A self-taught software developer

For some people a medical career has been plotted and planned since childhood. For Scott Anderson this wasn’t the case. In fact, Anderson didn’t finish secondary school. When a lucrative career offer lured him away from his studies, school just seemed unnecessary.

Anderson spent 15 years in the IT industry before he started to long for something new. ‘IT wasn’t giving me the meaningful interactions I wanted,’ Anderson explains. ‘Ultimately I was just improving the efficiency of businesses, i.e. making people money.’

He wanted to find a job that was better aligned with the things he cared about. ‘I saw a lot of crossover with what doctors do and with what I was already doing: fixing technical issues with incompletely-understood systems,’ he says. ‘The difference was improving people’s health is something I could actually feel good about.’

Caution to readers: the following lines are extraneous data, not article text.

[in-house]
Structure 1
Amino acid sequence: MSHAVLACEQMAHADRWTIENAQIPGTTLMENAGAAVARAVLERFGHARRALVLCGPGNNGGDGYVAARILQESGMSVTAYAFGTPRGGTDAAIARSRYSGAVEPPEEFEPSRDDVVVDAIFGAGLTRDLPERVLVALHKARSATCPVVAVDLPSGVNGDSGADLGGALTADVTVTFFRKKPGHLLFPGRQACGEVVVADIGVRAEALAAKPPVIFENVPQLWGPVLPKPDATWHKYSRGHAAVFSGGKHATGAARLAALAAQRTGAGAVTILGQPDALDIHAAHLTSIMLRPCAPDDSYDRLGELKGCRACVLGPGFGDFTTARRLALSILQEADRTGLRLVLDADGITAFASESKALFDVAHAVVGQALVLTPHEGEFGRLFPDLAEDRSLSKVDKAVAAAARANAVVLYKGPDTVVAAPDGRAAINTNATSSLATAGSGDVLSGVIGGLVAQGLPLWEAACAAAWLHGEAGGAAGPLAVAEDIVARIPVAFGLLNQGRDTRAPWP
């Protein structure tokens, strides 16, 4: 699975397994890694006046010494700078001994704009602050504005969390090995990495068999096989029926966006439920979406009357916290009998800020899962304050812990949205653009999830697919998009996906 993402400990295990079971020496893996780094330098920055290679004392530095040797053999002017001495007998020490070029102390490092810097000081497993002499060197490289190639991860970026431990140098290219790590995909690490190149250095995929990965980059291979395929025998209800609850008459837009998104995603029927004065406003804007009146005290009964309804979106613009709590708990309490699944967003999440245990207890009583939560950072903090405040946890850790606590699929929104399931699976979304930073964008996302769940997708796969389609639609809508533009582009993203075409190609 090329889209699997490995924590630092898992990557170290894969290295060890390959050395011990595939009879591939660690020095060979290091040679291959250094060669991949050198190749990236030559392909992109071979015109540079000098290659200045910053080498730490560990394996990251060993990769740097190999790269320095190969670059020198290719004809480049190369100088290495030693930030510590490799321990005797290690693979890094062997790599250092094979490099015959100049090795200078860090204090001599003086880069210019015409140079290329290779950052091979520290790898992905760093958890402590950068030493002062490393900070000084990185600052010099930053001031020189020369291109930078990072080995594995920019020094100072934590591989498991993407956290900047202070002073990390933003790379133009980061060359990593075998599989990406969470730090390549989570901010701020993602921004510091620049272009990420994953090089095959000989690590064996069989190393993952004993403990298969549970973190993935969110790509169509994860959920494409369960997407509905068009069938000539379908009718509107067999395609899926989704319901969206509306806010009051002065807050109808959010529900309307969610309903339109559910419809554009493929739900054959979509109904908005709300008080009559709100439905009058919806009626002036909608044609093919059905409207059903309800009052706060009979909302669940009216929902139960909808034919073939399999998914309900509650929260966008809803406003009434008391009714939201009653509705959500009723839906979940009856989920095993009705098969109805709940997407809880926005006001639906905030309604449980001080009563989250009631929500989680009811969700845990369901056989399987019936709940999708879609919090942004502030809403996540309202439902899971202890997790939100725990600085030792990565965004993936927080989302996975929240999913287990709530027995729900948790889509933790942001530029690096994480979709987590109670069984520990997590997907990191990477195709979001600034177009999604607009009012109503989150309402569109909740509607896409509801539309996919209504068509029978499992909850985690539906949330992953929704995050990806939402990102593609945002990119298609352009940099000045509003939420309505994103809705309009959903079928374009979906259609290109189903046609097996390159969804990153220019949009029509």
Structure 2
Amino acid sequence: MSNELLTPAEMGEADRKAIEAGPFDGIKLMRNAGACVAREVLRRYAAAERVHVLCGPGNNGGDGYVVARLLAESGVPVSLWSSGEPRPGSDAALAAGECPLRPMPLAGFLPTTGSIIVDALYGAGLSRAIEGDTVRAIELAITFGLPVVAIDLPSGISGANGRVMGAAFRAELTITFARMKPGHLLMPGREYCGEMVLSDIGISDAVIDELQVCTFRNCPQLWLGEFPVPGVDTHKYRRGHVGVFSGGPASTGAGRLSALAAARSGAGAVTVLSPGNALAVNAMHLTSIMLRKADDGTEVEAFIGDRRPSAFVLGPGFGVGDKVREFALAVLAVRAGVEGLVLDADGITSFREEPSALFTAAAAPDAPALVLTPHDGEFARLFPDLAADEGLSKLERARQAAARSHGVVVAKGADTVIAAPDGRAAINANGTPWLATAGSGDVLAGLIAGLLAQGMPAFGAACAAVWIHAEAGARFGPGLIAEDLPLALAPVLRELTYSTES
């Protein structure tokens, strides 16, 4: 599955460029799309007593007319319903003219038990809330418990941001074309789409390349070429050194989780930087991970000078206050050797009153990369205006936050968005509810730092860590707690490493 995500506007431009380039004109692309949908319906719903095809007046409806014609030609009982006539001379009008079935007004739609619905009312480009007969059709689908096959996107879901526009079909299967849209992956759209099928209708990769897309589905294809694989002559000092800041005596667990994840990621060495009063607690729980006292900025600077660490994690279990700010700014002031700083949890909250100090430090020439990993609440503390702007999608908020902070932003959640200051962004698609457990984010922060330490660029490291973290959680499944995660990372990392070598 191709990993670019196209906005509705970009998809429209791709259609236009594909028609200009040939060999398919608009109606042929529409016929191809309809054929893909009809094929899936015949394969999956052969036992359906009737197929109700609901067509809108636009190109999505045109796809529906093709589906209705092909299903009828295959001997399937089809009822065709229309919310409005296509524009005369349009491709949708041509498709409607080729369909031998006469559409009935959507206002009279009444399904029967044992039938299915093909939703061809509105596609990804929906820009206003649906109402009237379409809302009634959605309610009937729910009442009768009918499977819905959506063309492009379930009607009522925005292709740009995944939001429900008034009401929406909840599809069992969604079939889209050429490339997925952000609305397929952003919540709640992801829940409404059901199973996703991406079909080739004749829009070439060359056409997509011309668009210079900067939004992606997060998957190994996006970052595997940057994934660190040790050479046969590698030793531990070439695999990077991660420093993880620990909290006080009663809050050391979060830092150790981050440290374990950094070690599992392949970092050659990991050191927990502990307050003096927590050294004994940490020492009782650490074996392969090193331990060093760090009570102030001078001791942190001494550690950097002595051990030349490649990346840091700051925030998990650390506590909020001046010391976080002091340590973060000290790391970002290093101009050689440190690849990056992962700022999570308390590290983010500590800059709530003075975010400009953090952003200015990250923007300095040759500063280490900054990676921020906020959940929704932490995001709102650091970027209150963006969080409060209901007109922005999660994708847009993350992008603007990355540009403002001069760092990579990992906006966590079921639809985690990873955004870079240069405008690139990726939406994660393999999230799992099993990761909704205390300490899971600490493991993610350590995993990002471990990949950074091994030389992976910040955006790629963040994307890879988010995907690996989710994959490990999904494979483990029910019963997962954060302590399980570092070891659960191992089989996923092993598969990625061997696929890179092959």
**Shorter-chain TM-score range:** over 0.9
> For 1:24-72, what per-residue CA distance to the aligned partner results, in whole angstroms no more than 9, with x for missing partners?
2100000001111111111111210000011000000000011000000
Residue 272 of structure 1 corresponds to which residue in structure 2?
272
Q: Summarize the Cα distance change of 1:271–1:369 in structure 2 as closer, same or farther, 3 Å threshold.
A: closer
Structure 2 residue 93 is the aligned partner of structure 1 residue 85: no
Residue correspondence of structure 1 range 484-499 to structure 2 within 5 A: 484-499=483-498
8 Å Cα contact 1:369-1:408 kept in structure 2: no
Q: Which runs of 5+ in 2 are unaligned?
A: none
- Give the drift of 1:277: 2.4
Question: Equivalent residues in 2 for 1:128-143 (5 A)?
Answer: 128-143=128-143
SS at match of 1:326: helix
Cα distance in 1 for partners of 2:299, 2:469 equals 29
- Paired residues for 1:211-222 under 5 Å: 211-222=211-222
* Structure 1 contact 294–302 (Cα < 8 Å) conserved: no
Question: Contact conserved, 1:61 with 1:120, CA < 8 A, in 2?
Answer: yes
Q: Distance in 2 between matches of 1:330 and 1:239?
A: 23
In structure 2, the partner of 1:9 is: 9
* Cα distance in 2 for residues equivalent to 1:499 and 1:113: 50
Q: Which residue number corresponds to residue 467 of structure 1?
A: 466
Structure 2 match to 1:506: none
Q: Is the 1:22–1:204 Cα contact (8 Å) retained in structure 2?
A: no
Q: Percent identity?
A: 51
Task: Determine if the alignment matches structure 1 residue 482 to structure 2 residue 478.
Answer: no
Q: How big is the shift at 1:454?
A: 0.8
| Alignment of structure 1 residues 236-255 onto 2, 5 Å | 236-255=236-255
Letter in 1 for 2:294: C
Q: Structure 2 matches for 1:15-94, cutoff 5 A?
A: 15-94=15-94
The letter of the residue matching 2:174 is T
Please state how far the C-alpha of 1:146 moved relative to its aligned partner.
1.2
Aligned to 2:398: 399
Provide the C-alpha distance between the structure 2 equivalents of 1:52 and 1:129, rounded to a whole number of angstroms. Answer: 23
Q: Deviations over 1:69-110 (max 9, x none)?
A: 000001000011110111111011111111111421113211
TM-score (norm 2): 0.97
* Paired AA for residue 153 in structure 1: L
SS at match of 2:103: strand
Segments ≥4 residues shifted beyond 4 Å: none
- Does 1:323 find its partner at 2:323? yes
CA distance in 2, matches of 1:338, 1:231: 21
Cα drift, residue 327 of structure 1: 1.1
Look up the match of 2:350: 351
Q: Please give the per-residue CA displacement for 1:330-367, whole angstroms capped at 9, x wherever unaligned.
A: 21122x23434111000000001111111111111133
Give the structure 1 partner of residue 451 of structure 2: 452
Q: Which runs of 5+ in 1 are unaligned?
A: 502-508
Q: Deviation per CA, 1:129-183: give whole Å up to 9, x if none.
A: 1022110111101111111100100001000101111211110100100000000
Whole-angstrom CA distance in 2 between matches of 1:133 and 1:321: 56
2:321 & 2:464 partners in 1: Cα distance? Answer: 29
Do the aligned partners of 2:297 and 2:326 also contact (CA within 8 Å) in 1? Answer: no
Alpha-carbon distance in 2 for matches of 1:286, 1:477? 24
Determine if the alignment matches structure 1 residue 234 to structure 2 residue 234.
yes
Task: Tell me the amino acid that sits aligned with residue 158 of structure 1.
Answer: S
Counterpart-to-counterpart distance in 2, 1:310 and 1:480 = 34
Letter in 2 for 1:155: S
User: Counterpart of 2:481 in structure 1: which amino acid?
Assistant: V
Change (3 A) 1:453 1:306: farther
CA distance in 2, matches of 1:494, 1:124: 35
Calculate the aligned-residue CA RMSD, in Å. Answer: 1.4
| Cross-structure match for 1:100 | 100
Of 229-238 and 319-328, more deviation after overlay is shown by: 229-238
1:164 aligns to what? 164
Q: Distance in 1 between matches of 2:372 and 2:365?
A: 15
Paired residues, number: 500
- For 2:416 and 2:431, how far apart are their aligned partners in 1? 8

Just before his 30th birthday, Anderson decided to walk away from the IT world. ‘I figured if I didn’t give it a go I’d spend the next 30-odd years regretting it,’ he says.

The career change hasn’t been without challenges. ‘Having a family and responsibilities I find it’s more difficult to really engage with the other students and get really into the “med bubble”,’ he explains. And some of the crossover skills from IT have been a bit of a hindrance. ‘I’ve had to unlearn my own methods and relearn how to do them in a way that’s better aligned with what’s expected in medicine.’

This aside, Anderson knows he’s on the right path. ‘There are so many specialties that I love aspects of,’ he says. ‘It’s hard to accept sometimes that there just aren’t enough years left in my life to do all of them.’

Anderson’s career advice to those considering medicine is to get to know yourself really well. ‘The better you understand your own strengths and weaknesses the better equipped you’ll be to excel at whatever you’re doing,’ he says. ‘Also, if you really understand what motivates you, you’ll be far more prepared to deal with those moments when you just hit the wall.’